- God is grieved by the betrayal of His people and very deeply. We’re supposed to be imagining what it’s like to be the man Hosea but only to understand the heart and nature of our Maker. Put yourself in Hosea’s shoes – you’ve just married the woman you love, despite her past, but now she runs off with other men that love her. She has sex with them. She is paid to have sex with them. Your honeymoon is the shock that your wife still loves her sinful past more than the present with you.
Perhaps Hosea was imagining the marital bliss between Boaz and Ruth and feeling let down by God
- We’re shown the inner mechanics and thought trains of both adulterous wife and forgiving Husband, (‘she said…’ v5 cf. ‘therefore I will…’ v6). So there’s an exchange of emotional responses.
- In the Old Testament, Father God is often understood as being angry – that’s understandable – but every time you sense God’s anger, try to instead imagine God as being grieved and as being gutted rather than as just waving His great, big, cosmic stick around in fury. I’ve found this a massively helpful distinction in coming closer to the heart of God. When you imagine how hurt and bereft and sad and confused and betrayed Hosea must have felt, think of God being forgotten by His bride. (v13). Remember: this is about God not about Hosea; Hosea is pointing us to the heart of God.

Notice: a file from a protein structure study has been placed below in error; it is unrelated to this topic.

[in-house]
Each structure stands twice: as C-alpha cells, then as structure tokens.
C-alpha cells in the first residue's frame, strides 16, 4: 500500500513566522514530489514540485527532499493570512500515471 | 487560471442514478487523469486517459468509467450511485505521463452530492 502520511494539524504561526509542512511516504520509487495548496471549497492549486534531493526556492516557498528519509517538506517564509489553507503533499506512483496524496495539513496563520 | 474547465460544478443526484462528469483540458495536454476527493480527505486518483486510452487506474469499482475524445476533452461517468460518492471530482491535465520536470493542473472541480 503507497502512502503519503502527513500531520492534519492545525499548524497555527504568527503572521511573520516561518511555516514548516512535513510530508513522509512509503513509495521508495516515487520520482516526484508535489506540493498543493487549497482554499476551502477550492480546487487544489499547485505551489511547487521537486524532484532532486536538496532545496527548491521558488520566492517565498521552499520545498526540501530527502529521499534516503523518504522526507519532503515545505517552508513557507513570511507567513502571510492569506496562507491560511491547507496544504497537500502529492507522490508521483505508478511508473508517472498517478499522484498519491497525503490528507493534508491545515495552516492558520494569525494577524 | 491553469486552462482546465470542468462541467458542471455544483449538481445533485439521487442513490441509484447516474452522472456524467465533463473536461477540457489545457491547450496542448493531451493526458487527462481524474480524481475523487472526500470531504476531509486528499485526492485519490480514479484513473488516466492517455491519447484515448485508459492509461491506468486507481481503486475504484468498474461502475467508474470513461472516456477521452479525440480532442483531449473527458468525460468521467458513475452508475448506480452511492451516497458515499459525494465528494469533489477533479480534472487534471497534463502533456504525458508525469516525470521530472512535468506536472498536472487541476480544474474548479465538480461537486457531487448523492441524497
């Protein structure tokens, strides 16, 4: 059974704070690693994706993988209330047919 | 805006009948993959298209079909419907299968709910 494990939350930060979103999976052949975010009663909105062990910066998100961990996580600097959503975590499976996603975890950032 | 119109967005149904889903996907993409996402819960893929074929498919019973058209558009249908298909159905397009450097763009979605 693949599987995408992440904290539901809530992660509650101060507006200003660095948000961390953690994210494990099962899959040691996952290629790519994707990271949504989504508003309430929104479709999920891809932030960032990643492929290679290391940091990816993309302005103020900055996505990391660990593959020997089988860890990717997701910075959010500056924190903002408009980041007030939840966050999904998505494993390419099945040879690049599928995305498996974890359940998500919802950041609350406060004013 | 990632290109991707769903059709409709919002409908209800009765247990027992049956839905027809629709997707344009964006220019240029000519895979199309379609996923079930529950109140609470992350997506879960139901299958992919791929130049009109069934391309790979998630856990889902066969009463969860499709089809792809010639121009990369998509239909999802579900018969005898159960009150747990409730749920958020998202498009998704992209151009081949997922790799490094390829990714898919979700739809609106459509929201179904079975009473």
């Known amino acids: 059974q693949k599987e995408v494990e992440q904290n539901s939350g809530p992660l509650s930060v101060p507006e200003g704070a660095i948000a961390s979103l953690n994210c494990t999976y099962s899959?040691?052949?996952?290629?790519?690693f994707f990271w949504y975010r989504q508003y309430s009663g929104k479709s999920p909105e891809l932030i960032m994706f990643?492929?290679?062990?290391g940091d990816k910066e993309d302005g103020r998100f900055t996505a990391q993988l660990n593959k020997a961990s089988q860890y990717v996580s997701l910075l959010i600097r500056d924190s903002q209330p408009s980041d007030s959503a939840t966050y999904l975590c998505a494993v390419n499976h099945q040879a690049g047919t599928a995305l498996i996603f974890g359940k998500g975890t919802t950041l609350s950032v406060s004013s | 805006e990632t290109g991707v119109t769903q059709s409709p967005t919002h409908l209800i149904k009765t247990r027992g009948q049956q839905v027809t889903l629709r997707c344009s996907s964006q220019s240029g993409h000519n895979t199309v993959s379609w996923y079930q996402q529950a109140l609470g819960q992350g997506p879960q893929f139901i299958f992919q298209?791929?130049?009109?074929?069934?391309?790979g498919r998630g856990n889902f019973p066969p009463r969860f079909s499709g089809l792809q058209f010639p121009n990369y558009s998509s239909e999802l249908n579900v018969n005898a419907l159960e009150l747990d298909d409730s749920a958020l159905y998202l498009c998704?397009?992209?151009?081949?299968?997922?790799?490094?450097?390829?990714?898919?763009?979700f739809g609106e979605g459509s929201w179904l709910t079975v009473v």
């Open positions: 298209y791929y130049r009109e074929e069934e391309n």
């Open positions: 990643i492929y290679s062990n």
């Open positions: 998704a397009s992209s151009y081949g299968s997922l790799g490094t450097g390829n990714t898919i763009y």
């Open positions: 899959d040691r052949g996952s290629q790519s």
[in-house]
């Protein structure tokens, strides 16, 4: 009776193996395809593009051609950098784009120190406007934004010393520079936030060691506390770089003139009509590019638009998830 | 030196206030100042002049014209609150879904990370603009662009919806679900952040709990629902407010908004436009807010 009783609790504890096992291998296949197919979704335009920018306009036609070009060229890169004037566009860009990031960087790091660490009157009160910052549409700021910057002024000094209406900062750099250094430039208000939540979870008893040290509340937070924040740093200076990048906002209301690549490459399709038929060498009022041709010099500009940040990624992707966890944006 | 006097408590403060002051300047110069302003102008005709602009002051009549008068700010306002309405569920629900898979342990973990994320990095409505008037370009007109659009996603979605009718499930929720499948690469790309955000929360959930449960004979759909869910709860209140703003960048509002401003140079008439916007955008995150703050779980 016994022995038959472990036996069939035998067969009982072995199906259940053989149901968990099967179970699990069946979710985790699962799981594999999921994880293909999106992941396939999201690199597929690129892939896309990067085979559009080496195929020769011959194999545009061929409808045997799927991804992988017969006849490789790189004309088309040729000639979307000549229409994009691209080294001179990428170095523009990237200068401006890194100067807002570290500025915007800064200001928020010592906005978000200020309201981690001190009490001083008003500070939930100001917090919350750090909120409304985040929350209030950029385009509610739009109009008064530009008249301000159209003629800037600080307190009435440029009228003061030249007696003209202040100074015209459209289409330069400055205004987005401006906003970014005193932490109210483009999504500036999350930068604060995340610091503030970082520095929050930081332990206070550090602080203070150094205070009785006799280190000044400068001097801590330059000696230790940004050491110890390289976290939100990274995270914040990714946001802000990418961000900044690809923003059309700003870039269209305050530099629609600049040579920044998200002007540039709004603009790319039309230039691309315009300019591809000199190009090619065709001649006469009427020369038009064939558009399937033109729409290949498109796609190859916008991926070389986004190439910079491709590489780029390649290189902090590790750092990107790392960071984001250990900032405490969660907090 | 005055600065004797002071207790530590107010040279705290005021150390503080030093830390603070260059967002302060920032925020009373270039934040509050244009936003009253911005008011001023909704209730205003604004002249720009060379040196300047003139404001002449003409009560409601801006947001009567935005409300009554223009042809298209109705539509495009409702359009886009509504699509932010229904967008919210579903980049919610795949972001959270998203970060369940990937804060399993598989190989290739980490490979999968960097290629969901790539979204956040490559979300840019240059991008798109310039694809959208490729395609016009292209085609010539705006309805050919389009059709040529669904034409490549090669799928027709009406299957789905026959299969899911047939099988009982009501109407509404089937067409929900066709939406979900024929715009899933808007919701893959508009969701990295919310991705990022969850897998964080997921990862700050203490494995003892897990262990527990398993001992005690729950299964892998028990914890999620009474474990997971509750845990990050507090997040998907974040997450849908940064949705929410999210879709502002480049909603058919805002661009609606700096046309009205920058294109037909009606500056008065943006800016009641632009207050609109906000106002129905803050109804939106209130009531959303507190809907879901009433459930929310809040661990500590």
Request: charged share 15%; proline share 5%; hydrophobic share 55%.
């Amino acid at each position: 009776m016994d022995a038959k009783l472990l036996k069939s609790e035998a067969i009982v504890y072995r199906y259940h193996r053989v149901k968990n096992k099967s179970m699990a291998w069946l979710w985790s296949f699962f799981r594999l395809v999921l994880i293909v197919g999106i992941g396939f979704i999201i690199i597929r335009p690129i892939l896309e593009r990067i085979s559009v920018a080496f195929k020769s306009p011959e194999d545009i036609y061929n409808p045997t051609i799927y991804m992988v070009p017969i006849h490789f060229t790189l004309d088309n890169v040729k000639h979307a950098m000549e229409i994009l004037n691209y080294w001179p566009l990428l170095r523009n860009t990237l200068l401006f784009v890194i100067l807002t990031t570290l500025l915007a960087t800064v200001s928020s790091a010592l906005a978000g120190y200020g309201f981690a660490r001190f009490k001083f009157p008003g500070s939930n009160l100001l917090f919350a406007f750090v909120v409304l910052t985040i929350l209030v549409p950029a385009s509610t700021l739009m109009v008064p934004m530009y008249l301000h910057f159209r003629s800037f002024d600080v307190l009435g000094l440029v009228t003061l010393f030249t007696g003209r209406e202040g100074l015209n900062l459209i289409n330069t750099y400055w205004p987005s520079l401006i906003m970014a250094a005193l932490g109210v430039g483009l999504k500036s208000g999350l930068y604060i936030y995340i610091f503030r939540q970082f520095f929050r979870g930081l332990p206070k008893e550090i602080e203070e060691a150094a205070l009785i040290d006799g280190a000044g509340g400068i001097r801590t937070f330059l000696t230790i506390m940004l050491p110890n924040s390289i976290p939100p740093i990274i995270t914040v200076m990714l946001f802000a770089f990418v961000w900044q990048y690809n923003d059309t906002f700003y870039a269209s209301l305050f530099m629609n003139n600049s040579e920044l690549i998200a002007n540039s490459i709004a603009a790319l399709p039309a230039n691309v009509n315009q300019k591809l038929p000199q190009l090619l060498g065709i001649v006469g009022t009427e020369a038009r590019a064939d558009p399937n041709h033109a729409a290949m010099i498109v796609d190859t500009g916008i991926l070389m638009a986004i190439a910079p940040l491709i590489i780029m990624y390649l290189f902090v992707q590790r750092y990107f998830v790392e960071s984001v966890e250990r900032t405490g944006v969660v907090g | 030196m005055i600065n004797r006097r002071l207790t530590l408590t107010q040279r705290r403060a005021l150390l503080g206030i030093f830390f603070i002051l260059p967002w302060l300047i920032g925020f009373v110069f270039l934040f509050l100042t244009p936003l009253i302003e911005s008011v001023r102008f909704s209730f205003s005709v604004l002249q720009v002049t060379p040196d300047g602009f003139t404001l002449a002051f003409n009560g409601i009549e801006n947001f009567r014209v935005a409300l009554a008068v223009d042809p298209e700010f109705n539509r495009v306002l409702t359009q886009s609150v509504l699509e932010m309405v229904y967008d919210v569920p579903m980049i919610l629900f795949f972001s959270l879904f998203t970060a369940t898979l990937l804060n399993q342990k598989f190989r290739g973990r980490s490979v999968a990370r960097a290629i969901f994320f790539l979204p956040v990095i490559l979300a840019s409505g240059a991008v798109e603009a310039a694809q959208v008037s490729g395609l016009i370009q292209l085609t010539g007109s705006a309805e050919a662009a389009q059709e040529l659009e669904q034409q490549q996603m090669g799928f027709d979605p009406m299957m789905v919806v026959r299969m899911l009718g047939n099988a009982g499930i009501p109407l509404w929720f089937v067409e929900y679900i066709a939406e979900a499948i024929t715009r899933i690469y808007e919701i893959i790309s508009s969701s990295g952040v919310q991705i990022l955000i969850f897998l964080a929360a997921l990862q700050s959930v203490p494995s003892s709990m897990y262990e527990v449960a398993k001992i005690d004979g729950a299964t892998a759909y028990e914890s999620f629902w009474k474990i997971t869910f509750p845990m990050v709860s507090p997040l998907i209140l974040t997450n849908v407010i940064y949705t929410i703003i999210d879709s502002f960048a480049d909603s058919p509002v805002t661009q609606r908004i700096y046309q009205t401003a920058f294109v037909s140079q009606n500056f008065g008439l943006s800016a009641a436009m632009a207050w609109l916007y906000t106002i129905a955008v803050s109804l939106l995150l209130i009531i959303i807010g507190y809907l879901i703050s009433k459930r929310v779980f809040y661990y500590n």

We need think of God as being betrayed and distraught rather than just as angry.
The Promise of Allurement
Therefore I am now going to allure her…
- God’s response to the betrayal of His heart is the gracious promise of allurement:
v.al·lured, al·lur·ing, al·lures